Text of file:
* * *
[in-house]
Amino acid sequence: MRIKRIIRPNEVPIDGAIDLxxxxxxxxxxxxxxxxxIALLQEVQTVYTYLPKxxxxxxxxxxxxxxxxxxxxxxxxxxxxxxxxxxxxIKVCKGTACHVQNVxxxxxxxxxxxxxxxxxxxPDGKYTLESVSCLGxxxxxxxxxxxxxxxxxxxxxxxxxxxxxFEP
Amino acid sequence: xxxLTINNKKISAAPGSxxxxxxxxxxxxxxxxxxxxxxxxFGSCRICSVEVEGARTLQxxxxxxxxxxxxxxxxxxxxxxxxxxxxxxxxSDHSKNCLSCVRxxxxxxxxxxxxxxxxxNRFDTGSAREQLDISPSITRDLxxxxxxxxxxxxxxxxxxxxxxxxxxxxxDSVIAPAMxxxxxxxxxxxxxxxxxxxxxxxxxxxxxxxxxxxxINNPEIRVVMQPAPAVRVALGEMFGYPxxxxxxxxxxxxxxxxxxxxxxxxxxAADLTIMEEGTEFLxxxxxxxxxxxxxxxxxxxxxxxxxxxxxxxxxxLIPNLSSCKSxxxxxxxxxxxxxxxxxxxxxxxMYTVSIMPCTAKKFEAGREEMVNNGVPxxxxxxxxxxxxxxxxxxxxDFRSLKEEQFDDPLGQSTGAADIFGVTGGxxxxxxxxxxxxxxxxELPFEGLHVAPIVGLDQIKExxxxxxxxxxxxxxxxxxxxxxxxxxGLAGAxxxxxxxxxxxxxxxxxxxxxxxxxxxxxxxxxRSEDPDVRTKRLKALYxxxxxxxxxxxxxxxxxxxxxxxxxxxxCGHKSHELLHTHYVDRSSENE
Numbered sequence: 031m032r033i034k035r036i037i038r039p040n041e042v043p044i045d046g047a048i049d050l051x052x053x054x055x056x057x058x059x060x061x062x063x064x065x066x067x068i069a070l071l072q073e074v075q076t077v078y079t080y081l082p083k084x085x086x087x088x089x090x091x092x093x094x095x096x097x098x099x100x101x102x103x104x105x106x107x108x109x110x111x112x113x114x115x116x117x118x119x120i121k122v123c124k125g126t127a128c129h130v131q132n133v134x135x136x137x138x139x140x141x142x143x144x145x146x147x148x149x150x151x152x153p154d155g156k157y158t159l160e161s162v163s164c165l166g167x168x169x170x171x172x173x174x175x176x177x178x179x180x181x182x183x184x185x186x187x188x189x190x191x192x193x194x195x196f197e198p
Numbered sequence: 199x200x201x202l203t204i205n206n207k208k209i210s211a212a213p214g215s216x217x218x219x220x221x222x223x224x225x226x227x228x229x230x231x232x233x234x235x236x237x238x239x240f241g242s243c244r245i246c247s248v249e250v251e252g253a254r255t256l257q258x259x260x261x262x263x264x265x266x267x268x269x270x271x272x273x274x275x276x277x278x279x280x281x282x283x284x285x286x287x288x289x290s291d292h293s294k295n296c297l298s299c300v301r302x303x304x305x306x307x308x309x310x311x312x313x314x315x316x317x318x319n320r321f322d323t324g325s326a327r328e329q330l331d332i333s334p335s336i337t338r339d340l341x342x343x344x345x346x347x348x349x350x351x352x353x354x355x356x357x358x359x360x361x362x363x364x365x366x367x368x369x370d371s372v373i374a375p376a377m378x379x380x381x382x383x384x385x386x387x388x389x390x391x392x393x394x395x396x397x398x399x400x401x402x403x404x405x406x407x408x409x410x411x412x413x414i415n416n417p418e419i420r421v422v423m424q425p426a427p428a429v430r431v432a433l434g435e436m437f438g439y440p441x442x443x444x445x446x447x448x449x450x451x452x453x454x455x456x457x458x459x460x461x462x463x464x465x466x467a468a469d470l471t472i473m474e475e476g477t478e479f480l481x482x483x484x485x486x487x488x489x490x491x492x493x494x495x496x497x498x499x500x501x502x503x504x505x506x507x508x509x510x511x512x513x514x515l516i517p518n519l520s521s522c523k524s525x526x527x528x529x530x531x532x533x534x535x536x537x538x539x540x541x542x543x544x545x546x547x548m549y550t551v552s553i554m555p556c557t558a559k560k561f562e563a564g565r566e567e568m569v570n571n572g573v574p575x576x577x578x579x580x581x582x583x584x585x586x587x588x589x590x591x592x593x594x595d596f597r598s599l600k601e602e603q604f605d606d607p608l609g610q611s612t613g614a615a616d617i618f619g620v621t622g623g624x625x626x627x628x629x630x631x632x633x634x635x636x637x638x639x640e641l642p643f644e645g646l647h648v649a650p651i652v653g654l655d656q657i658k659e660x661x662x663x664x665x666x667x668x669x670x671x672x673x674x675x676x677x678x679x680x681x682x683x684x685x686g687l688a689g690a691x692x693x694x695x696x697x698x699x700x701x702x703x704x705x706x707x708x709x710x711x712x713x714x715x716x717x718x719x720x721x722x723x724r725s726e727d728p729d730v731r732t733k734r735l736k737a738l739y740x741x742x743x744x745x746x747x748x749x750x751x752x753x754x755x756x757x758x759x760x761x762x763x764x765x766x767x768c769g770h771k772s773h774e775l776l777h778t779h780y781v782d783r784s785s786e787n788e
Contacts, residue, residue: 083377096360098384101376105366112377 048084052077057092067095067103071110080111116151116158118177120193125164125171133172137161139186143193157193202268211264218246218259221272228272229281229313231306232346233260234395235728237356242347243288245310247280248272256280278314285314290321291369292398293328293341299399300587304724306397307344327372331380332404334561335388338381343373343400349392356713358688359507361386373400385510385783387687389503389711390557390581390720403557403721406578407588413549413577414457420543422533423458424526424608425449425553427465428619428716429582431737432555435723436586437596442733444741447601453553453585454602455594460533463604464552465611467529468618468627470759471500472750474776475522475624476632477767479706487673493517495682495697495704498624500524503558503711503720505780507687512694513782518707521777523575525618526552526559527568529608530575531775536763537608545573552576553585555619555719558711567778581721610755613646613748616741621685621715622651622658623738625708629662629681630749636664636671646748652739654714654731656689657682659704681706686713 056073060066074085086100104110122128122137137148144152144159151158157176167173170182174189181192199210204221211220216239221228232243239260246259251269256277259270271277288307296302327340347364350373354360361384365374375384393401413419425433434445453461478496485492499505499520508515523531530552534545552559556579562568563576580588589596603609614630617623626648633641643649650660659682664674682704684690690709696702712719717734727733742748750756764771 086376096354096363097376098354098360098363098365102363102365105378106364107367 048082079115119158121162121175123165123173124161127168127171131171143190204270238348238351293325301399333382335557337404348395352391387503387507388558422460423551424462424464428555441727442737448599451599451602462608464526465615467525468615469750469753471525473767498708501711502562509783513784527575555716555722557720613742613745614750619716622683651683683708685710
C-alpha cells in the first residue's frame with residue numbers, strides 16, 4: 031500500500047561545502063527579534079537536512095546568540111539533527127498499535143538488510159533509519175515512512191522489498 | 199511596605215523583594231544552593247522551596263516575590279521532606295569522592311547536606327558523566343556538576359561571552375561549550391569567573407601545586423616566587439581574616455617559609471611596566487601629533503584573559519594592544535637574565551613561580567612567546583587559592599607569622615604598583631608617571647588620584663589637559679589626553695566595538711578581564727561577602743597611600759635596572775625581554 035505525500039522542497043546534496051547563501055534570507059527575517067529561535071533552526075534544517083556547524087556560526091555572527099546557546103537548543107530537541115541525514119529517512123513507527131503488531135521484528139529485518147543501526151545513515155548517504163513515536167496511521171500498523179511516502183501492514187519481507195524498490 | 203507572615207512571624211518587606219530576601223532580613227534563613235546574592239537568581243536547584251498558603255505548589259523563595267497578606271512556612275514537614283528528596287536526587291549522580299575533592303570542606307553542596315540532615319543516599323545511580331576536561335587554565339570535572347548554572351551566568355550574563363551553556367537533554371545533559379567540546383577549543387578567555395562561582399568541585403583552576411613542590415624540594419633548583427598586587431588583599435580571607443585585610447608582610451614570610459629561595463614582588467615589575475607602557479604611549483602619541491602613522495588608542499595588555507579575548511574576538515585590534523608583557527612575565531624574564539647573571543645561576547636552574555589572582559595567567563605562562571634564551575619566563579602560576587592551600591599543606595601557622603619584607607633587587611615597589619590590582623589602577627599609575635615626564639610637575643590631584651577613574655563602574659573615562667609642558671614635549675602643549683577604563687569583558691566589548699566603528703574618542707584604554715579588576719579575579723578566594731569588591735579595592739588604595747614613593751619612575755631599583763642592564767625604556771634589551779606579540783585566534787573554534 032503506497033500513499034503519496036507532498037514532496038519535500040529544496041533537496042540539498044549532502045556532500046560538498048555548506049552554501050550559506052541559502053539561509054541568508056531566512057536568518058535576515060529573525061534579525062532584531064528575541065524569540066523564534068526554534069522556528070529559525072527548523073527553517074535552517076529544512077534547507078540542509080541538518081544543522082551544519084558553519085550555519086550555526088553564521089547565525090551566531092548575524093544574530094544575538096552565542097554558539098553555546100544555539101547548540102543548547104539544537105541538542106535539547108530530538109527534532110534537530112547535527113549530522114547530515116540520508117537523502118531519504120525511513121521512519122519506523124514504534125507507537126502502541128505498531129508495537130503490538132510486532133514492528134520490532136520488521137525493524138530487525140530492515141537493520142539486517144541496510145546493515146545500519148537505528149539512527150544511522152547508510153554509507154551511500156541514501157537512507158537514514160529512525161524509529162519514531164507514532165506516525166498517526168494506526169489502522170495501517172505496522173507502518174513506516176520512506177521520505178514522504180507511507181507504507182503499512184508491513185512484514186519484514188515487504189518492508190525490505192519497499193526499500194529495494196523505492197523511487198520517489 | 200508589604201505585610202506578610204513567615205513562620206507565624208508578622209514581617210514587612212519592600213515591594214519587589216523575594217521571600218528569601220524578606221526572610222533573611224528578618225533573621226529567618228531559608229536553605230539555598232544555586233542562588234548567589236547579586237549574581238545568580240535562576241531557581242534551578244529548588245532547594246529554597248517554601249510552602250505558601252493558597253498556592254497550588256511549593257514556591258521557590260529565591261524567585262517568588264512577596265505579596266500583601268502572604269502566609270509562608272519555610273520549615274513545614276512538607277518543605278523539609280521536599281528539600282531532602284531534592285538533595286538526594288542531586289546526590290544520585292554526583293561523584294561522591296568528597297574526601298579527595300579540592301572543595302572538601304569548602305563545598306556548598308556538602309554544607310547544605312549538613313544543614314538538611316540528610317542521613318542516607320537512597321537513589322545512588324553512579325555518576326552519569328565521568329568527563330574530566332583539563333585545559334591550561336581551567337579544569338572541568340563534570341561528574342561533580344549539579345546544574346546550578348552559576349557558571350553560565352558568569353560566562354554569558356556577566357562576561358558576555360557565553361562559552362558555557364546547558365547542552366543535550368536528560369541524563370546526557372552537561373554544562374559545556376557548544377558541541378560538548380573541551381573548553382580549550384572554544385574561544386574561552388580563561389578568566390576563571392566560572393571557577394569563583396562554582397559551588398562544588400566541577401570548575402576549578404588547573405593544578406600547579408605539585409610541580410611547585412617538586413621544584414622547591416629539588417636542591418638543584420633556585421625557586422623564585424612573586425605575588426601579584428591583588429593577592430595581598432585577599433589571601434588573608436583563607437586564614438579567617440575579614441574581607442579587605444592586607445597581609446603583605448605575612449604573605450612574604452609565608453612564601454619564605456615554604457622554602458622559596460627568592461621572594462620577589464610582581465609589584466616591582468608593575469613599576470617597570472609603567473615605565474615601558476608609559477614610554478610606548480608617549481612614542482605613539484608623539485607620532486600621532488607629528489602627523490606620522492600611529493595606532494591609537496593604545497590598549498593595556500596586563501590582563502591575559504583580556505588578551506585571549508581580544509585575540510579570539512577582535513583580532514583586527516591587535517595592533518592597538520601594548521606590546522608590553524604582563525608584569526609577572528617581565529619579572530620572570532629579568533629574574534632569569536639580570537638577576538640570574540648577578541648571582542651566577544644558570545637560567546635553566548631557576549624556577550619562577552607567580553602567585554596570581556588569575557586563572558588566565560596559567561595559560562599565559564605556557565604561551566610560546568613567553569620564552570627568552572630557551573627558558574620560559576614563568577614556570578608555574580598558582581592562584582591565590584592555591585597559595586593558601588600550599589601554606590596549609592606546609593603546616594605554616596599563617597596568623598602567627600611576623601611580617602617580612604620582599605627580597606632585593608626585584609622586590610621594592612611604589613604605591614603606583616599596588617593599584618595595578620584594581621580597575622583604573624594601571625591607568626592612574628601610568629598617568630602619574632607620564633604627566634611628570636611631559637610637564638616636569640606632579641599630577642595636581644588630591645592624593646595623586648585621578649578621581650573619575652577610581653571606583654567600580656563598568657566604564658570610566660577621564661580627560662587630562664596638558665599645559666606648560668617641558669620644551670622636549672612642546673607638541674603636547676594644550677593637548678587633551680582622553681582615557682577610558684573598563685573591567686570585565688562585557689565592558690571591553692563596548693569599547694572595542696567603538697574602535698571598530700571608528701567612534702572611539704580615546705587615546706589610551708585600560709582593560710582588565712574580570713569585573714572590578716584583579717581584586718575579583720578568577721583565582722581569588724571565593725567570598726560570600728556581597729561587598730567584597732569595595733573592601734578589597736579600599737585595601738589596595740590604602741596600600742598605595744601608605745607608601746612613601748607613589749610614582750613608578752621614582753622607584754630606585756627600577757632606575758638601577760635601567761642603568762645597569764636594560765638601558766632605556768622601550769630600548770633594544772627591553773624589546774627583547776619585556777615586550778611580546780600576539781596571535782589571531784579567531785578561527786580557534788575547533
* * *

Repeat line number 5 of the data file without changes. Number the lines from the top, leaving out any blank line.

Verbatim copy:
Numbered sequence: 199x200x201x202l203t204i205n206n207k208k209i210s211a212a213p214g215s216x217x218x219x220x221x222x223x224x225x226x227x228x229x230x231x232x233x234x235x236x237x238x239x240f241g242s243c244r245i246c247s248v249e250v251e252g253a254r255t256l257q258x259x260x261x262x263x264x265x266x267x268x269x270x271x272x273x274x275x276x277x278x279x280x281x282x283x284x285x286x287x288x289x290s291d292h293s294k295n296c297l298s299c300v301r302x303x304x305x306x307x308x309x310x311x312x313x314x315x316x317x318x319n320r321f322d323t324g325s326a327r328e329q330l331d332i333s334p335s336i337t338r339d340l341x342x343x344x345x346x347x348x349x350x351x352x353x354x355x356x357x358x359x360x361x362x363x364x365x366x367x368x369x370d371s372v373i374a375p376a377m378x379x380x381x382x383x384x385x386x387x388x389x390x391x392x393x394x395x396x397x398x399x400x401x402x403x404x405x406x407x408x409x410x411x412x413x414i415n416n417p418e419i420r421v422v423m424q425p426a427p428a429v430r431v432a433l434g435e436m437f438g439y440p441x442x443x444x445x446x447x448x449x450x451x452x453x454x455x456x457x458x459x460x461x462x463x464x465x466x467a468a469d470l471t472i473m474e475e476g477t478e479f480l481x482x483x484x485x486x487x488x489x490x491x492x493x494x495x496x497x498x499x500x501x502x503x504x505x506x507x508x509x510x511x512x513x514x515l516i517p518n519l520s521s522c523k524s525x526x527x528x529x530x531x532x533x534x535x536x537x538x539x540x541x542x543x544x545x546x547x548m549y550t551v552s553i554m555p556c557t558a559k560k561f562e563a564g565r566e567e568m569v570n571n572g573v574p575x576x577x578x579x580x581x582x583x584x585x586x587x588x589x590x591x592x593x594x595d596f597r598s599l600k601e602e603q604f605d606d607p608l609g610q611s612t613g614a615a616d617i618f619g620v621t622g623g624x625x626x627x628x629x630x631x632x633x634x635x636x637x638x639x640e641l642p643f644e645g646l647h648v649a650p651i652v653g654l655d656q657i658k659e660x661x662x663x664x665x666x667x668x669x670x671x672x673x674x675x676x677x678x679x680x681x682x683x684x685x686g687l688a689g690a691x692x693x694x695x696x697x698x699x700x701x702x703x704x705x706x707x708x709x710x711x712x713x714x715x716x717x718x719x720x721x722x723x724r725s726e727d728p729d730v731r732t733k734r735l736k737a738l739y740x741x742x743x744x745x746x747x748x749x750x751x752x753x754x755x756x757x758x759x760x761x762x763x764x765x766x767x768c769g770h771k772s773h774e775l776l777h778t779h780y781v782d783r784s785s786e787n788e